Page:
Blog Post - Middle East Initiative

“We have become prisoners of our official story” - Israeli Author David Grossman on the Power of Personal and National Narratives

October 2021

On October 21, 2021, James Snyder, senior fellow at the Middle East Initiative and executive chairman of the Jerusalem Foundation, Inc., welcomed David Grossman for a virtual conversation on “Israel and the Middle East through a Literary Lens.” Grossman is an acclaimed Israeli author of fiction and non-fiction, and most recently published a new novel, titled More Than I Love My Life, which he discussed at length during the event. 

More Than I Love My Life is based on the true story of Eva Panić-Nahir, who Grossman befriended in the last twenty years of her life. She was born to a Jewish family in Croatia and, after falling in love with a non-Jewish Serbian officer during World War II, was sent to a Gulag. Grossman explained that her narrative allowed him to explore the psychological effects of occupation and displacement, elements central to Panić-Nahir’s life and the lives of the millions of displaced people across the world today. 

Grossman says that Panić-Nahir’s story emphasizes how easily we can “become prisoners of our official story” when we forget that everyone else has one as well. In acknowledging that everyone, even our enemy, has their own story, he said, “something is...released in us, we become [freer] and… are not totally trapped by it.” 

Grossman argues that this approach can and should be applied at the individual and national level. Our national narratives are based, in part, on some original myth of national identity that can preclude understanding of and with our enemies. If we can find ways to “allow the narrative of our enemy to infiltrate into our inner narrative,” he said, we might better recognize our commonalities and find opportunities for communication.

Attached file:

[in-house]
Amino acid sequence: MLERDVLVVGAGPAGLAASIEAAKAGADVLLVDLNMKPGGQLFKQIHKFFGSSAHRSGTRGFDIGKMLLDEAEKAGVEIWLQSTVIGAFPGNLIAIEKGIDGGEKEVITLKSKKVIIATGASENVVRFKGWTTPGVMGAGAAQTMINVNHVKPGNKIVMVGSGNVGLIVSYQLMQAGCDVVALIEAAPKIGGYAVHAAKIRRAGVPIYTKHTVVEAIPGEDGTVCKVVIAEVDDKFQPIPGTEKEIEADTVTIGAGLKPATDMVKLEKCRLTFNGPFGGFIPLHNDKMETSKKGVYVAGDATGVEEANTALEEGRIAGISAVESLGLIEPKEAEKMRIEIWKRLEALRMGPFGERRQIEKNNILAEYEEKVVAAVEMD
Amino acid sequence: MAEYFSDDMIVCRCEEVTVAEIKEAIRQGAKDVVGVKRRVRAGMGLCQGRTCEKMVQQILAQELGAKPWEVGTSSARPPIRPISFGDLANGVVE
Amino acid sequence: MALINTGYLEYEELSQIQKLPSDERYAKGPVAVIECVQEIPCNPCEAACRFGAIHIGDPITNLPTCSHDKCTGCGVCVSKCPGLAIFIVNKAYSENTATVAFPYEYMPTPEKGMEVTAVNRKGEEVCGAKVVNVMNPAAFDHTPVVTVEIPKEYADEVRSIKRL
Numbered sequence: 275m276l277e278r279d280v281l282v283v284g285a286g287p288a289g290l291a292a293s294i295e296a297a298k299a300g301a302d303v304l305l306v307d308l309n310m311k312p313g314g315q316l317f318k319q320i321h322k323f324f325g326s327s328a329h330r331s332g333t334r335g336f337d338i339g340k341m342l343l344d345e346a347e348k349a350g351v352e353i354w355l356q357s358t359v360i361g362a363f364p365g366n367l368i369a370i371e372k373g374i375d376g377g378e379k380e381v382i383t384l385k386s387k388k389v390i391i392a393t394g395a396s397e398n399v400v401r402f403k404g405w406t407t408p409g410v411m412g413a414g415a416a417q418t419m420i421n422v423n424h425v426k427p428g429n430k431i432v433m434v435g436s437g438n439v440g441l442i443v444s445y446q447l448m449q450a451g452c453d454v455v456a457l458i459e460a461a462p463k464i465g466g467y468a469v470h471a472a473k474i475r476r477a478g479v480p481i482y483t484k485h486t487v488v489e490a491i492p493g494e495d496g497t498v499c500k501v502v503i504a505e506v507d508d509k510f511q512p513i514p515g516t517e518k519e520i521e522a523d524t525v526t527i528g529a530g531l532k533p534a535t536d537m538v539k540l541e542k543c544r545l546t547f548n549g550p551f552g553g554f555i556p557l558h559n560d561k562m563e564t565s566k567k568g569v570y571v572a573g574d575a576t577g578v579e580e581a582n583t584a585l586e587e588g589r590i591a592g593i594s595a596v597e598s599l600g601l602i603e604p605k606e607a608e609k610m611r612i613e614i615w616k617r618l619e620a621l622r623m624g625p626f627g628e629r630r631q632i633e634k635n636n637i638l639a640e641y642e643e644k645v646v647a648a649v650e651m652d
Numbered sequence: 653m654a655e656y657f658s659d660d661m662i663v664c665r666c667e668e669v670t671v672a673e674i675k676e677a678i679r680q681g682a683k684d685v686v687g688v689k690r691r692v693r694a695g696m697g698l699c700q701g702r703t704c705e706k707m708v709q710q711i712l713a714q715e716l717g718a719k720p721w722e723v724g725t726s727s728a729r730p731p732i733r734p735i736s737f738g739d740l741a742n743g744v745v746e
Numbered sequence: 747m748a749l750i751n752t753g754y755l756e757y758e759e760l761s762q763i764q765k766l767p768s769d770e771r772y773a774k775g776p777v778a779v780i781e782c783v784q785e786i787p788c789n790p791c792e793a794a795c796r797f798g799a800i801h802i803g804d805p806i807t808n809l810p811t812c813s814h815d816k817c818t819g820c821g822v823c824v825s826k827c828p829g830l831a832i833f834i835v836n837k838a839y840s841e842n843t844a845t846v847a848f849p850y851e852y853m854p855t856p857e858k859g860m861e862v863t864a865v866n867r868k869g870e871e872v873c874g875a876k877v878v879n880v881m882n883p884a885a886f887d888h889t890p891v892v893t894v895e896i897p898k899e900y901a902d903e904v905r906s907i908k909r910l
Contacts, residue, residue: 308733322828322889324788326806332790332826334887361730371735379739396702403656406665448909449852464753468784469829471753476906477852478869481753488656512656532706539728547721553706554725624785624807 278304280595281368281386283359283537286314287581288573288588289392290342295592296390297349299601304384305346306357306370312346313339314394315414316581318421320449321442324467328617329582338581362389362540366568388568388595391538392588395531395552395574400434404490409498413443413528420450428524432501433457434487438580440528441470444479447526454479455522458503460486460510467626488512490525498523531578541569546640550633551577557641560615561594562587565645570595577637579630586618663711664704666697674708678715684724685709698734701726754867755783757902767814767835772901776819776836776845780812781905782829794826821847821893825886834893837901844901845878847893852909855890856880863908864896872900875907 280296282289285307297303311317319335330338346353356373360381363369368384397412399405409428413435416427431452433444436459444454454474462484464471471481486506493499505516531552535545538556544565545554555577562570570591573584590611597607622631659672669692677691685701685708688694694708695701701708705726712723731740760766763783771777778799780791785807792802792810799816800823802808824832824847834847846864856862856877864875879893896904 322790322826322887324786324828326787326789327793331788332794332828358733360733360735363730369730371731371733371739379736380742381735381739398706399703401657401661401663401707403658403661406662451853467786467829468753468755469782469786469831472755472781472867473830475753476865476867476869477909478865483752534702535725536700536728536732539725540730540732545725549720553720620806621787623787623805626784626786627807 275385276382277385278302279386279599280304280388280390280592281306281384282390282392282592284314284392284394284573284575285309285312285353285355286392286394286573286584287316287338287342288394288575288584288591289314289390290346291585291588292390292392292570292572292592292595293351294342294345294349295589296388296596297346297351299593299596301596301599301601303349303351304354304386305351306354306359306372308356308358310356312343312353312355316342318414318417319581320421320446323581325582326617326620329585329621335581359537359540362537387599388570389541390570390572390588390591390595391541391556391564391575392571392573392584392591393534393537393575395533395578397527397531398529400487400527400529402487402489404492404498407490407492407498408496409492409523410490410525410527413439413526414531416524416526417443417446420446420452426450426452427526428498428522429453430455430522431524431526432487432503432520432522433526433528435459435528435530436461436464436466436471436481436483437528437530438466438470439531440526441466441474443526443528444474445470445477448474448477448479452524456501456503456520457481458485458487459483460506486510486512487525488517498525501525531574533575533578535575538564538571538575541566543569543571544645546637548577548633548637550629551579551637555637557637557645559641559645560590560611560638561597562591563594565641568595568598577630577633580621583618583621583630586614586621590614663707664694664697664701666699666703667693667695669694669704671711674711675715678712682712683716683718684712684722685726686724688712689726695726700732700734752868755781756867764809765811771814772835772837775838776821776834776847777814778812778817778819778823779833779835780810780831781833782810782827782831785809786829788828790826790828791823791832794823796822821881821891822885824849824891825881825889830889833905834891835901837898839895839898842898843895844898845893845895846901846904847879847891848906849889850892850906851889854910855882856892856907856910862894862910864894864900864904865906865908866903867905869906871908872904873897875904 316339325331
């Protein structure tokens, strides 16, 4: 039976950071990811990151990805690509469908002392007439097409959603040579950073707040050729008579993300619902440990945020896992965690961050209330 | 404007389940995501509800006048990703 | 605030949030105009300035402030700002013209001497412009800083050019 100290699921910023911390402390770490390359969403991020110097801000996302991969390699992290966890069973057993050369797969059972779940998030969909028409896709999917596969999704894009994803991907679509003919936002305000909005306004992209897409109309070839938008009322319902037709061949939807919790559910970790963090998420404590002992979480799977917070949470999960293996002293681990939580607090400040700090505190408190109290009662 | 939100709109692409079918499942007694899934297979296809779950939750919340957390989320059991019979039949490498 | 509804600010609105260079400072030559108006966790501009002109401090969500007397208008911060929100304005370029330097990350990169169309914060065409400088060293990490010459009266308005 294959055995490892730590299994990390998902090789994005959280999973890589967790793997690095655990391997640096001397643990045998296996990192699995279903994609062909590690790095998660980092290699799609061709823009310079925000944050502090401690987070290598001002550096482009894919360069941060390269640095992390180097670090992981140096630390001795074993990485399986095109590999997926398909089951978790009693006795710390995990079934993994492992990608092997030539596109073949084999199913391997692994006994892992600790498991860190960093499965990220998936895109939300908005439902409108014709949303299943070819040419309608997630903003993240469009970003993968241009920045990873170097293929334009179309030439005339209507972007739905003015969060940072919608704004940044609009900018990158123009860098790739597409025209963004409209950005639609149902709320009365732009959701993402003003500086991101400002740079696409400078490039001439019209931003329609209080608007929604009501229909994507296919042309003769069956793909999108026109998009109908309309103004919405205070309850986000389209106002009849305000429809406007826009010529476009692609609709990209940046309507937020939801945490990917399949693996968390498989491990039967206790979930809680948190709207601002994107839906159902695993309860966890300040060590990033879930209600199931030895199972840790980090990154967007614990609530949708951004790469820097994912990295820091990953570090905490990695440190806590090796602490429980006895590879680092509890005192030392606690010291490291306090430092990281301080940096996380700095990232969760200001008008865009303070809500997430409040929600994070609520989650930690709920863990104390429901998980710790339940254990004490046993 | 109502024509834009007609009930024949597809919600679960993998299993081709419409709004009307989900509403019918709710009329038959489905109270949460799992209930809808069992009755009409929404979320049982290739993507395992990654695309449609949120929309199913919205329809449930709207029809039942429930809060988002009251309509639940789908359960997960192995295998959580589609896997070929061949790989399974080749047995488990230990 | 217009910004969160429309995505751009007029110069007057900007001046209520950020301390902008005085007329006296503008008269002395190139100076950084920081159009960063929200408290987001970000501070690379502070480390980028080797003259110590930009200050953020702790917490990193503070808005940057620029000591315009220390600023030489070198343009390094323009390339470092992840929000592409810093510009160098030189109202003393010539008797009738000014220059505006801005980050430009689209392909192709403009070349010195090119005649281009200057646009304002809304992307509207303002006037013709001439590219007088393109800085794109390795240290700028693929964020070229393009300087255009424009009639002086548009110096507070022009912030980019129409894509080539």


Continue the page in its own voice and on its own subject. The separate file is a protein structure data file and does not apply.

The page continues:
This concept is integral to Grossman’s vision for the future of Israel and Palestine – he says he does not want to live in a “fortress,” but a “home.” He maintains that mutual recognition between Palestinians and Israelis is the path forward, saying “only if they will have their home, we shall have our home.” While this peace may be fragile at first and take years to consolidate, Grossman ultimately believes that “things will change, the definitions will become looser and more flexible and a new option of arrangements would be possible.” 

Despite the political realities inherent to his writing, Grossman said his purpose is simply “to tell a good story.” He conceded that if there is one idea he hopes to impart to his readers, it is to “not be tempted by generalizations, stereotypes, prejudices, but really to insist on nuances.” 

Watch the recording of this event here.

For more information on this publication: Belfer Communications Office
For Academic Citation: “We have become prisoners of our official story” - Israeli Author David Grossman on the Power of Personal and National Narratives.” MEI Minute, October 2021,